AST 112: In-Class Activity #9 - Classroom Astronomer Magazine

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AST 112: In-Class Activity #9 - Classroom Astronomer Magazine

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AST 112: In-Class Activity #9

The purpose of this series of exercises is to learn about the expansion of

the Universe and its implications. We will meet outdoors, weather permitting, at

our usual class meeting time.

The instructor will place students into teams of 3 or 4. Students will need

to cooperate in order to perform the activities & answer the questions. Each

student team will turn in one paper.

Introduction

Edwin Hubble showed two specific characteristics about the motions of

galaxies:

• Excepting the most nearby galaxies (those bound to us gravitationally), all

galaxies are moving away from us

• The more distant a galaxy, the faster it is moving

We have two possible explanations to account for this behavior:

A. We are at the center of the Universe, with galaxies moving away from

us, and some force making them move faster as they get further away

B. We are not at the center of the Universe, with our galaxy’s motion

behaving just as all the other galaxies behave, even if we can’t directly

see it

We will perform some activities that will help us understand which

explanation is accepted by astronomers, and why.

Written by Dr. Christopher Sirola, University of Southern Mississippi

Published online with permission by The Classroom Astronomer, Winter 2009-2010


Answer the following questions about Explanation A:

1. People once thought the Earth was at the center of the

Universe, and then the Sun. Do people still think that way?

Why or why not?

2. Do you know of any forces in nature that keep us (people)

attached to the Earth? If so, which one(s)?

3. Do you know of any forces in nature that push harder the further

away from the force’s source? If so, which one(s)?

4. How likely, in your opinion, is Explanation A? Why do you think

it would work – or, conversely, why do you think it won’t work?

Written by Dr. Christopher Sirola, University of Southern Mississippi

Published online with permission by The Classroom Astronomer, Winter 2009-2010


To address Explanation B, follow the instructions. Then answer the

following questions:

All students: form a ring around the instructor, touching

shoulder to shoulder. Keep your teams close together.

5. Estimate the arc distance between you & your nearest

teammate. The arc distance is to be measured along the arc of

the ring, not in a straight line. A ruler is not necessary, but you

should decide on one common method of measurement.

Record your result in the Table on the following page.

6. Estimate the arc distance between you & your other teammate

(who must be further than the nearest teammate). Again, record

the results in the Table.

7. Everybody reforms the ring, shoulder to shoulder. Facing the

middle of the ring, everybody takes 2 steps backwards.

8. Repeat your measurements & for parts 5 & 6 above and record

the results in the Table.

9. Recall that velocity (or speed) is simply distance traveled

divided by time. We will assume that everyone took the same

amount of time to step backward. Thus, if one person’s arc

distance is twice that of another person’s, how much faster is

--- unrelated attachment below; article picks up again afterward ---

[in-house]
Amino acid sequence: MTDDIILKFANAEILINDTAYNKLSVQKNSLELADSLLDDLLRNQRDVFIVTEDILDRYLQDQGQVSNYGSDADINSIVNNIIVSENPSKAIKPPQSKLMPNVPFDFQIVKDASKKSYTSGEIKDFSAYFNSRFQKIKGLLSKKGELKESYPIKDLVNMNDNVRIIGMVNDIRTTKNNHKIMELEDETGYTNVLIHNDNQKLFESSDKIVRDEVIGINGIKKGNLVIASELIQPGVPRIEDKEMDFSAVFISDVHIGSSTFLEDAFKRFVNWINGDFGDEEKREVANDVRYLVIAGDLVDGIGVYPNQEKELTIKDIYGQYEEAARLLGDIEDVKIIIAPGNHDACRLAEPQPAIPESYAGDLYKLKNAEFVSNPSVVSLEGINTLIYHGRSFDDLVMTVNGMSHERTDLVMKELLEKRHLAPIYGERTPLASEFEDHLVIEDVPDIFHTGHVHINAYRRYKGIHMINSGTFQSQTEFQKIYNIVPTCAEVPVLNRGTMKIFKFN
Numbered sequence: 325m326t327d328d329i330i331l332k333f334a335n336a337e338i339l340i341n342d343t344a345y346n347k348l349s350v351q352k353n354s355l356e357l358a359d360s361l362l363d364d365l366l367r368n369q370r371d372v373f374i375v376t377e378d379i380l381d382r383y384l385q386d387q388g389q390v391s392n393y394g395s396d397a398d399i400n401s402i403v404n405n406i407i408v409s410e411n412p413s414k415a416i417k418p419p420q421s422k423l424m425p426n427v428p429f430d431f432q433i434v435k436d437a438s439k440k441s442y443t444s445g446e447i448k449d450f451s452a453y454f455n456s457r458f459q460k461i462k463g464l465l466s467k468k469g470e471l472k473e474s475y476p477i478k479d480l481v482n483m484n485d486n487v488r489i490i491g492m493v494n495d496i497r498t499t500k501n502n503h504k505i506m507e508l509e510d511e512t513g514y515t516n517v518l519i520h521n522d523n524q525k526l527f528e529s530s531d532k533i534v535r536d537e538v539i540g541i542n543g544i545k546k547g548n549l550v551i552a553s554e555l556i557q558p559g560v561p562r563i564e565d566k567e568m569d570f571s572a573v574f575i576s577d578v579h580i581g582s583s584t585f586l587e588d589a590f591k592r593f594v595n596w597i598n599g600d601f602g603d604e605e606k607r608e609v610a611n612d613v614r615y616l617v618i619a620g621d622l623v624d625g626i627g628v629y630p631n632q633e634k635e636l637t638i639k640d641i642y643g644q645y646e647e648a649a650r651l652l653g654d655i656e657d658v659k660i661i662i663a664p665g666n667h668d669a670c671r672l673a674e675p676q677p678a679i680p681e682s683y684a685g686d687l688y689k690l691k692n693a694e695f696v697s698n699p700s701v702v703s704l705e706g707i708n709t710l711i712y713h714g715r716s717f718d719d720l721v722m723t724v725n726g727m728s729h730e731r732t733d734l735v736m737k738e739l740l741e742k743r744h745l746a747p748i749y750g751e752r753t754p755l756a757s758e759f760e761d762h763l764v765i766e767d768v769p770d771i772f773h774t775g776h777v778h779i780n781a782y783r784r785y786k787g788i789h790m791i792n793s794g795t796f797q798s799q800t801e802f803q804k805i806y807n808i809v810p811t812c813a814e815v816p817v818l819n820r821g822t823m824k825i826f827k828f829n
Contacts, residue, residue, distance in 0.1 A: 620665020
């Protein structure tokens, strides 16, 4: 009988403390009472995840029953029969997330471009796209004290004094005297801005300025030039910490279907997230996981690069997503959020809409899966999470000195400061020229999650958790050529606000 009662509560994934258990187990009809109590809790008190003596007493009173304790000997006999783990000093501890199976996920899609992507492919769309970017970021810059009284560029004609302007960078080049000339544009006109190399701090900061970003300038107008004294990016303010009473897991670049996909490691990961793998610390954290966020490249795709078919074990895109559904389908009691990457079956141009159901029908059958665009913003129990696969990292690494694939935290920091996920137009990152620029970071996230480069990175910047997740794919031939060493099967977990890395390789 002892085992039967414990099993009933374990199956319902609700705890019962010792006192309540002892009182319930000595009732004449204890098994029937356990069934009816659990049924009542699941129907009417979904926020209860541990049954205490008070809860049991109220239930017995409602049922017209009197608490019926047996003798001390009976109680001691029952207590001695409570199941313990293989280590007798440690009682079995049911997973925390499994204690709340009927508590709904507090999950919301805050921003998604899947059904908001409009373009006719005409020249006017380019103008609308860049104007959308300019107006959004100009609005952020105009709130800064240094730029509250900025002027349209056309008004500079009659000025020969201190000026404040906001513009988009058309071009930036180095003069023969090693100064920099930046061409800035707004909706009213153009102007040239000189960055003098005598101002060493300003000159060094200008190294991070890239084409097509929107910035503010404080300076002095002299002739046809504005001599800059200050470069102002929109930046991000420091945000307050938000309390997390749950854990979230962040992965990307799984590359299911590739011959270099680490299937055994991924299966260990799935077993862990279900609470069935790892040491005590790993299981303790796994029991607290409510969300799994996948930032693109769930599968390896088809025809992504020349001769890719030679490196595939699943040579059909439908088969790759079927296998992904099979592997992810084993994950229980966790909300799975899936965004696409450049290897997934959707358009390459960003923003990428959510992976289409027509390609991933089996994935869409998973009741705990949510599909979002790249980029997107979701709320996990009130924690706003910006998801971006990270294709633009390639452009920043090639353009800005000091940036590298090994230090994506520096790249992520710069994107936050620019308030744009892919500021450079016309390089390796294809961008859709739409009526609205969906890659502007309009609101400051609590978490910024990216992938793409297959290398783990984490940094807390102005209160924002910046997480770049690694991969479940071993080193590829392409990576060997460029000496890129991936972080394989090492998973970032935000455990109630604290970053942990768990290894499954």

the first person traveling compared to the second person?

10. Calculate the arc distance traveled by your two teammates.

Record the results in the Table.

Written by Dr. Christopher Sirola, University of Southern Mississippi

Published online with permission by The Classroom Astronomer, Winter 2009-2010


Arc-Distances Measured for an Expanding Ring

First Arc Second Arc Distance

Teammate Distance Distance Traveled

Nearest

Teammate _______ _______ _______

Farthest

Teammate _______ _______ _______

11. Are the distances traveled the same for both teammates? If not,

which one’s distance traveled is larger?

12. What do the distances traveled tell us about the velocities of

each teammate?

13. How does everybody’s velocity relative to the center of the

ring compare to each other? Was your velocity (relative to the

center) quicker, slower, or the same?

14. How do these results compare to Explanation B? Briefly

describe your reasoning.

Written by Dr. Christopher Sirola, University of Southern Mississippi

Published online with permission by The Classroom Astronomer, Winter 2009-2010


Finally, we can ask a few questions about the overall temperature of the

Universe. Again, follow the instructions, and then answer the following questions:

First, reform the ring as it was when everyone was

shoulder to shoulder.

One way of describing temperature for a gas is to look

at the individual motions of its atoms & molecules. To

simulate this, each student needs to “jitter” in place.

We will assume that the more collisions with fellow

students, the higher the overall temperature.

15. Begin jittering. Note how often you collide with your neighbors.

16. Everybody take two steps back. Again note how often you

collide with your neighbors. Are collisions more frequent, less

frequent, or the same?

17. Everybody take four steps forward. Again note how often you

collide with your neighbors. Are collisions more frequent, less

frequent, or the same?

18. What does this activity suggest about the temperature of the

Universe when it was smaller (and therefore younger)?

19. What can we expect to happen to the temperature of the

Universe in the (astronomical) future?

20. Here we have treated galaxies like they were gas particles.

What does that tell you about the scale of the Universe?

Written by Dr. Christopher Sirola, University of Southern Mississippi

Published online with permission by The Classroom Astronomer, Winter 2009-2010

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